Movie remakes are an abomination. If not for my sincere respect for The US Constitution, I’d say remakes should be illegal.
I don’t need to watch the remake of Billy Wilder’s “Sabrina” to conclude that it’s wrong. I am appalled that somebody watched the original and thought to himself: “This picture is okay. All I need to do is replace Audrey Hepburn and Humphrey Bogart. Then it’ll be great!”
Well, apparently there is one exception. I watched “Dracula” for the first time yesterday morning. And Francis Ford Coppola’s “Bram Stoker’s Dracula” is much better than the original.
“Bram Stoker’s Dracula” (1992) is everything you don’t expect from a remake. It’s braver, more original, and more eccentric.
Gary Oldman’s Dracula is motivated by love. He believes that his cherished wife has been reborn 400 years later as Mina.
Bela Legosi’s Dracula has no clear motivation at all. If you leave your castle and your home country and sail all the way to London, you’ve got to have some reason for it, right? Not in the original.
In “Bram Stoker’s Dracula,” Lucy Westenra is a beautiful, tragic figure. In “Dracula,” she’s barely included in the story. We never even see her as a vampire. There is a scene where some random Londoners read in the newspaper about how vampire Lucy lures young children to their doom. Sounds macabre and chilling; you’d think they’d want to give us a look.
I absolutely respect that special effects budgets weren’t huge in the early days of talkies. Indeed, the limited special effects is part of the charm of old movies.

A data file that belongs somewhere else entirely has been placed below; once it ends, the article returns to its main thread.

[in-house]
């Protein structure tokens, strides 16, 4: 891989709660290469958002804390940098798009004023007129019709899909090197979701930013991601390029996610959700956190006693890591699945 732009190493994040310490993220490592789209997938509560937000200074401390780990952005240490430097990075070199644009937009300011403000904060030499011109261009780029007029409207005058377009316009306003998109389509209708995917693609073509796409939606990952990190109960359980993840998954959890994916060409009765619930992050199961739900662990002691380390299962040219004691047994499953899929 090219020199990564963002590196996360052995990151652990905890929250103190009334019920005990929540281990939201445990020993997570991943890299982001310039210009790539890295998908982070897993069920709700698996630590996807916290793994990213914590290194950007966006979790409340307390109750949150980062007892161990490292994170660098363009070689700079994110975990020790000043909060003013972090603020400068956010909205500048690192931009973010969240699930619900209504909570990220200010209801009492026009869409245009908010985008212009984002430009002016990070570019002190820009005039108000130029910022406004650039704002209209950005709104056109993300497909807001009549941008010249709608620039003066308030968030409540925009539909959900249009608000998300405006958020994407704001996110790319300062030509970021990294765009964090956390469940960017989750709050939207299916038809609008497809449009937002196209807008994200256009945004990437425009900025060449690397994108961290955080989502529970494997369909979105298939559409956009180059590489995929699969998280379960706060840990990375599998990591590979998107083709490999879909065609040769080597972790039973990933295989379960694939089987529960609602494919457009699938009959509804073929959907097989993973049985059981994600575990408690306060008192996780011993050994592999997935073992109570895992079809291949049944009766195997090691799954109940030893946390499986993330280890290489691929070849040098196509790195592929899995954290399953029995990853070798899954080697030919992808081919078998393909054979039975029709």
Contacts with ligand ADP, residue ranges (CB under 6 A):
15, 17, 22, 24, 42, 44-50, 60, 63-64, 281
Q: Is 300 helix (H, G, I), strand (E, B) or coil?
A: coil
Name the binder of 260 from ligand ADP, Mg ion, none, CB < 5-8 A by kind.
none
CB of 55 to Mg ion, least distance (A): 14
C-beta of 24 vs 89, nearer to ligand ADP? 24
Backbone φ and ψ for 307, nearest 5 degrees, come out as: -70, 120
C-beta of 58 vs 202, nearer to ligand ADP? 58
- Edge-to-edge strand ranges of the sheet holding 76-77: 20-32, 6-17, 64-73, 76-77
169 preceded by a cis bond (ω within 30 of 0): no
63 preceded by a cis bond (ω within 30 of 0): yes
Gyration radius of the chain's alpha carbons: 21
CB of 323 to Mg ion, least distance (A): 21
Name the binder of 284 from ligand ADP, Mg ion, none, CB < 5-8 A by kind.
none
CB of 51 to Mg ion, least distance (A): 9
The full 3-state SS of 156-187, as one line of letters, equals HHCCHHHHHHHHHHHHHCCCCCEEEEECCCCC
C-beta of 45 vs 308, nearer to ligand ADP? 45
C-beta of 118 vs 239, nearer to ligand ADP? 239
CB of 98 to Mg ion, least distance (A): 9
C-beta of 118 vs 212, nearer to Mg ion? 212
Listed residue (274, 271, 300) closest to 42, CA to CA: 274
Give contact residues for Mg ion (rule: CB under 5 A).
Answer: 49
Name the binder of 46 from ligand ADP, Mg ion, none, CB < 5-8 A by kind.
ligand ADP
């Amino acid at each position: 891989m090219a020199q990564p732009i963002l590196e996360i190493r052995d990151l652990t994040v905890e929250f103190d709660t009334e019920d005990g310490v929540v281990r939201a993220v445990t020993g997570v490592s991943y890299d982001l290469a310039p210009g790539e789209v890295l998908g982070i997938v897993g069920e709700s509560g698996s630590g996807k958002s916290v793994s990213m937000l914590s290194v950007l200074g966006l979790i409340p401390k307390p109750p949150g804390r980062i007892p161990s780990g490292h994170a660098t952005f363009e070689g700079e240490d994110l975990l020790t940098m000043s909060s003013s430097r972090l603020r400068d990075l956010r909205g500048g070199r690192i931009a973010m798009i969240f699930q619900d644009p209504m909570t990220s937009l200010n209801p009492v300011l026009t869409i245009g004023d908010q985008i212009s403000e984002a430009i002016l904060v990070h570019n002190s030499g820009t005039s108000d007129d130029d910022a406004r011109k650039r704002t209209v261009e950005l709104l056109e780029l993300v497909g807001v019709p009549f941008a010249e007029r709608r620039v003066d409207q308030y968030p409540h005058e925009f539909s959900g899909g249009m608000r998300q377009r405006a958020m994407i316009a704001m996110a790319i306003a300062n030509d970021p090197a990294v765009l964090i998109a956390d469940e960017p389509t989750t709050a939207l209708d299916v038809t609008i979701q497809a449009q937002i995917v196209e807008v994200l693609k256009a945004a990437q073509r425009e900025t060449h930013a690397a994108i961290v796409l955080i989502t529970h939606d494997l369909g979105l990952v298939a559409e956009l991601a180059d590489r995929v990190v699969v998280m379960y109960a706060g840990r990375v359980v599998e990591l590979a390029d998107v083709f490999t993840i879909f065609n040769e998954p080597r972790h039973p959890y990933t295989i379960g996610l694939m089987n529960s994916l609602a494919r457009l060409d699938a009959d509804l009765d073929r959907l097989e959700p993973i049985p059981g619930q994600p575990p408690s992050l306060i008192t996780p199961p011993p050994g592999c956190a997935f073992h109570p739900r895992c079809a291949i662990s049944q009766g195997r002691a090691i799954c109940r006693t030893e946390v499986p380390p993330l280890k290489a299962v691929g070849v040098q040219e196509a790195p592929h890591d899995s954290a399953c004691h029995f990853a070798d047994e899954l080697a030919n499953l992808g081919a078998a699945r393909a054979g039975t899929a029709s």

But that is no excuse for the bizarre decision to have Bela Legosi’s Dracula move so slowly. He is supposed to be a powerful supernatural predator. It makes no darn sense to have him trod deliberately toward his victims at a snail’s pace.
Gary Oldman’s Dracula is a sympathetic figure. Living forever as an adversary of God and Man is an unspeakable nightmare of guilt. Francis Ford Coppola – like Anne Rice – understands this.
1931 “Dracula” director Tod Browning can’t decide what we should think of the vampire.
Legosi’s Dracula seems like a mild-mannered, polite Slavic nobleman. He kills to eat, not for fun. The only real sign that he’s evil is the way he treats his Familiar Renfield.
The character of Renfield is the only aspect of the 1931 film that is superior to the 1992 version. When we meet Renfield, he is a happy-go-lucky young man. After Dracula takes over his mind, he is a mess.
Dracula’s spell compels Renfield to wait patiently for his master’s sinister orders. But the poor man still has a human conscience, and he hates himself for helping the vampire murder women. In 1931 “Dracula,” we really feel why he belongs in an insane asylum.
The only other thing I enjoyed was the Count’s cordial relationship with Dr. Van Helsing. Legosi’s Dracula looks down on human beings; he views us in the same way as meat eaters view pigs and cows.
But the vampire is visibly impressed with Van Helsing’s intelligence and strength of will. He is slightly tickled to have met a man who is his equal.
The original “Dracula” has its moments. But overall it’s uninspired and dull, certainly when compared to Francis Ford Coppola’s operatic masterpiece. “Bram Stoker’s Dracula” is the one perfect remake, the exception that proves the rule.
I still propose a 28th Amendment to the Constitution that bans movie remakes.